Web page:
By Carter B. Horsley
The 15-story building at 1
Wall Street Court was converted to 126 residential condominiums
An official individual city landmark, it was designed in neo-Renaissance-style
by Clinton & Russell and built in 1904 by the Century Realty
Company as a speculative office building.
The plan of the building is flatiron and it is tucked away in
one of Lower Manhattan's nicer crannies just a few feet south
of Wall Street.
According to the Landmarks Preservation Commission's February
13, 1996 designation report on the building "The design has
the tripartite arrangement of base-shaft-capital common to many
of New York's early skyscrapers, with a stone base, a midsection
faced in brick laid in bands of tan and buff shades, and a top
section richly ornamented with glazed terra cotta in shades of
green, cream, and russet, incorporating both classically derived
and abstract geometric motifs."
"The Beaver Building," the commission's report continued,
"is a notable example of the design solution for turn-of-the-century
New York skyscrapers in which each section of the tripartite scheme
is differentiated by color and materials. It is also a very early
example of the use of boldly polychromatic glazed terra cotta,
as well as a significant survivor of this period of terra cotta
development. Carved ornament depicting beavers, representing the
name of the building, is found over the Beaver Street entrance
and below the primary cornice of the base. The building was the
headquarters from 1904 until 1921 of the Munson Steamship Company,
a prominent shipping line active in the Cuban and South American
sugar and lumber trade; the company owned the building from 1919
to 1937. From 1931 to 1972, one of the building's primary tenants
was the New York Cocoa Exchange, the world's first and foremost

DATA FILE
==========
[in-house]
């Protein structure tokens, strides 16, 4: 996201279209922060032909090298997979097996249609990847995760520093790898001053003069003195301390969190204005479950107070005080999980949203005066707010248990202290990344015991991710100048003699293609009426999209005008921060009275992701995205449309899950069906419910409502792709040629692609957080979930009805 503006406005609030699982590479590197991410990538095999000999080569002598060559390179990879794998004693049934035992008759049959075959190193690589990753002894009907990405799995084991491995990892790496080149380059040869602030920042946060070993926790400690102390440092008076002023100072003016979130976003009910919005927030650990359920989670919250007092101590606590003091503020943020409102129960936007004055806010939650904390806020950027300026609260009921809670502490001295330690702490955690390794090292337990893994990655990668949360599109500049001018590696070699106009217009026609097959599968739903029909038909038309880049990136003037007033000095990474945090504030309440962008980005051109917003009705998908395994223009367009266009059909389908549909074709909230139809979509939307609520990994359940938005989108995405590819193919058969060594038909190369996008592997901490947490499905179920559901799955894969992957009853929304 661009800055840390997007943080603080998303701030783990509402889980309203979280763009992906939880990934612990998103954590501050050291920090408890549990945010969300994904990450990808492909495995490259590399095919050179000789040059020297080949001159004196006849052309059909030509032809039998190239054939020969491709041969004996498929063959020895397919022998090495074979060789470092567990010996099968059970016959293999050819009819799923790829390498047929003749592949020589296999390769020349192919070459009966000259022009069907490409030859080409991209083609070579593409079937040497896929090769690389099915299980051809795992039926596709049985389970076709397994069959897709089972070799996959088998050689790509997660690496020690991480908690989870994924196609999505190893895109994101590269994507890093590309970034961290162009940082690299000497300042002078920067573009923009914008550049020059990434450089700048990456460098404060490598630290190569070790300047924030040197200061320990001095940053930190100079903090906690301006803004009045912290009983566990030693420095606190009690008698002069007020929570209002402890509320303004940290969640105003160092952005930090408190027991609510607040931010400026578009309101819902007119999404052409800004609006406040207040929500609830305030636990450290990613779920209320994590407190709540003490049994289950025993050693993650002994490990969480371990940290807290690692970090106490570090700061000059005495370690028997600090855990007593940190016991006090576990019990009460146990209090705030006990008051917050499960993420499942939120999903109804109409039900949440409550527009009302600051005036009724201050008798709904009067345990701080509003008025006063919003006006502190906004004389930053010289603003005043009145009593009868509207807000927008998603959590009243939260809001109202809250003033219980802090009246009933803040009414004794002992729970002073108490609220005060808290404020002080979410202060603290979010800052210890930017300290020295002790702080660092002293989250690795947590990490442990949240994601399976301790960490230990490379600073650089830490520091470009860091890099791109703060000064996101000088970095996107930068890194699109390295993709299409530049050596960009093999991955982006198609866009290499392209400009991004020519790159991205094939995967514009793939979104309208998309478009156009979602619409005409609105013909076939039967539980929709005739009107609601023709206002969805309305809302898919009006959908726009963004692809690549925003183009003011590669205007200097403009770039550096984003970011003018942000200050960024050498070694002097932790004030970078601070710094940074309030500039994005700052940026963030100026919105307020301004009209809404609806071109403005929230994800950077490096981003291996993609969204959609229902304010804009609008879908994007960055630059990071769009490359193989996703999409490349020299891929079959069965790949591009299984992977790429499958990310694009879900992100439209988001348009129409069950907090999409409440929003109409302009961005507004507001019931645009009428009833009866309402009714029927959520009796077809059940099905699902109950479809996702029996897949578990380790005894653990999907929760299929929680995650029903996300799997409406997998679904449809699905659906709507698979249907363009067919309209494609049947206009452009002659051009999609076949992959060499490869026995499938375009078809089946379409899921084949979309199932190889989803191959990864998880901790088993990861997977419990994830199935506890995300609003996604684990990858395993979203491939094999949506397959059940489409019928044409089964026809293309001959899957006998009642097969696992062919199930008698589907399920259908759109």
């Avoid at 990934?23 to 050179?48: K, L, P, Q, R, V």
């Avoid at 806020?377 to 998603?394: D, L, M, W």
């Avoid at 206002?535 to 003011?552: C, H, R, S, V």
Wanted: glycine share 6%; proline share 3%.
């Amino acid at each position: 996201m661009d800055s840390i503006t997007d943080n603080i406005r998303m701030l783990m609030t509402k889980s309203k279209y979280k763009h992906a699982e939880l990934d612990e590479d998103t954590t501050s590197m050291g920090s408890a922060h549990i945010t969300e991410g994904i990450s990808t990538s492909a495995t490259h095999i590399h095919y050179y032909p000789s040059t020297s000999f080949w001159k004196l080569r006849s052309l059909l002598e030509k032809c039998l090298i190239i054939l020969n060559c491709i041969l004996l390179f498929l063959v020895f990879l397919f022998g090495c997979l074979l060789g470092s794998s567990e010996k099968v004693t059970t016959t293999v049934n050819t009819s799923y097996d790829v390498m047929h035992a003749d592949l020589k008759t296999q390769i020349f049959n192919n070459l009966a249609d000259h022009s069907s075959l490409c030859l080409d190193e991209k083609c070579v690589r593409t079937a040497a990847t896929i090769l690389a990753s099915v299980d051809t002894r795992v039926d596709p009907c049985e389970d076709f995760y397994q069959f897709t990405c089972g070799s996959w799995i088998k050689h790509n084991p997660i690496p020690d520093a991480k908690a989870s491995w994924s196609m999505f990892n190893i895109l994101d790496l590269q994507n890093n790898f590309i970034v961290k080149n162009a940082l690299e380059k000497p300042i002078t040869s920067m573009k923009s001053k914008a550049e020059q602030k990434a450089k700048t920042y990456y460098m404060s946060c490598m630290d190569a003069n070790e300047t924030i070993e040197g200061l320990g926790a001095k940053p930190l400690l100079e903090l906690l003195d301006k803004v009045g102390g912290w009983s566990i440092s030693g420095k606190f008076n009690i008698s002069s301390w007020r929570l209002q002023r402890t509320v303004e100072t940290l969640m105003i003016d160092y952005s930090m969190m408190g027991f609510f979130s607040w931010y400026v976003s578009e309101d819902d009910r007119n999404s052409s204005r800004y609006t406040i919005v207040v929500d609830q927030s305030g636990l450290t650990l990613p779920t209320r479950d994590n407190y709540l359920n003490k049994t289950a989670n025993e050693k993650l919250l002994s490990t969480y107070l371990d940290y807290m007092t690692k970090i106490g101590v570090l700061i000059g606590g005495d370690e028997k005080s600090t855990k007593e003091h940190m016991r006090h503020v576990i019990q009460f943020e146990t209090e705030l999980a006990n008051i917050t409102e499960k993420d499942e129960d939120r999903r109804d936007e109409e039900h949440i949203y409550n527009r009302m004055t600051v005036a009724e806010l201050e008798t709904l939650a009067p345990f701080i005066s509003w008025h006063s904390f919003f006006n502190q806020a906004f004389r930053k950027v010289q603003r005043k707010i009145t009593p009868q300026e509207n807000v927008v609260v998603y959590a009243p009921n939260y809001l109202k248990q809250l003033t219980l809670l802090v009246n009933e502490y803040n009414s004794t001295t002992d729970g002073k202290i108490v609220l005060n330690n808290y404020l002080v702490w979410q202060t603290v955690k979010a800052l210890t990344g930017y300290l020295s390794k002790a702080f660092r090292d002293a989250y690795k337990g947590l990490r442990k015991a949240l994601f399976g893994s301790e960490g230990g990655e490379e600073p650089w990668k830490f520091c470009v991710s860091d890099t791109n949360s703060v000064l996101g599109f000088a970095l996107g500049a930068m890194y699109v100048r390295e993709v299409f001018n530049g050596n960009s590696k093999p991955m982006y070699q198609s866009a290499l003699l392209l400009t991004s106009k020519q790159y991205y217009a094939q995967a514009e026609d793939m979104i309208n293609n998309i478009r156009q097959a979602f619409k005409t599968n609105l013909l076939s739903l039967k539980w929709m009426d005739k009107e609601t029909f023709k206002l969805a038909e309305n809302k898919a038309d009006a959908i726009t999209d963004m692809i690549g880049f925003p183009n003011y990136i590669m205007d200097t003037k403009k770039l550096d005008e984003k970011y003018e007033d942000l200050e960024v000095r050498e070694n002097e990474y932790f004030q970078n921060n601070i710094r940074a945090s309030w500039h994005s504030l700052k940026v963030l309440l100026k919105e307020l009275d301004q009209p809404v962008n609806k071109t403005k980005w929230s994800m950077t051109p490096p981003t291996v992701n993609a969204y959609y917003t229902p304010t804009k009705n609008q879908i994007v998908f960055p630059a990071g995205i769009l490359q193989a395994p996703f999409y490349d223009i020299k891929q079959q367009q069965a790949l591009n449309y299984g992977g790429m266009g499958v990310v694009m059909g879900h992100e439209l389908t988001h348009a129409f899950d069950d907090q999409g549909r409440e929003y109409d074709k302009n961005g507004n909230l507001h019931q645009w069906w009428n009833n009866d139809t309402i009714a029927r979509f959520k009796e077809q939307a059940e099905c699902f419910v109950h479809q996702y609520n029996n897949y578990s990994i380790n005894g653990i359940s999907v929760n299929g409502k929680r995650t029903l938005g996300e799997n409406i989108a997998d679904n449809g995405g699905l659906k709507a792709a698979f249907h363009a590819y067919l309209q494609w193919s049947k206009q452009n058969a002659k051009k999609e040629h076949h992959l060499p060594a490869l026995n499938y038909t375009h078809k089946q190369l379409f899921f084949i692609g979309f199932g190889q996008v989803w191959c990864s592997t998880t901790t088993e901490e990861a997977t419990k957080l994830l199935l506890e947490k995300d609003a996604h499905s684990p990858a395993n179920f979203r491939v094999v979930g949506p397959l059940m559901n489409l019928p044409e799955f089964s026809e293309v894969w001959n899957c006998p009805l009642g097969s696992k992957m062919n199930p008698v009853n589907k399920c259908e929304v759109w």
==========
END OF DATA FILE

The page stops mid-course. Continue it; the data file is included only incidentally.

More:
cocoa futures market."
Clinton & Russell was the architectural firm for numerous
important buildings in the city including the Astor Apartments
at 2141 Broadway, the Apthorp Apartments at 2201 Broadway, the
Langham Apartments at 135 Central Park West and the demolished
Astor Hotel in Times Square.
The Cocoa Exchange moved from
the Beaver Building to 127 John Street in 1972 and subsequently
merged with the New York Coffee & Sugar Exchange to form the
Coffee, Sugar and Cocoa Exchange in 1979.
After the Bowery Saving Bank disposed of the property in 1942,
it changed hands numerous times. Harry B. Helmsley was an owner
from 1951 to 1981 and in 1985 London & Leeds Realty Corporation
renovated the building and gave it a new address; 1 Wall Street
In 1994, Cocoa Partners LP, based in Cohasset, Massachusetts,
acquired the building and Cocoa Condominium Sales LLC was the
sponsor of the condominium conversion.
Colum McCartan was the designer for the renovation, which is highlighted
by its landscaped rooftop terrace and a lobby of rosewood, Venetian
plaster, chiseled Botticino marble slab walls, and an aluminum
Some studio apartments are as small as 340 square feet and some
three-bedroom apartments have 1,374 square feet.
The building has a 24-hour concierge and apartment ceilings range
in height from 9 to 11 feet.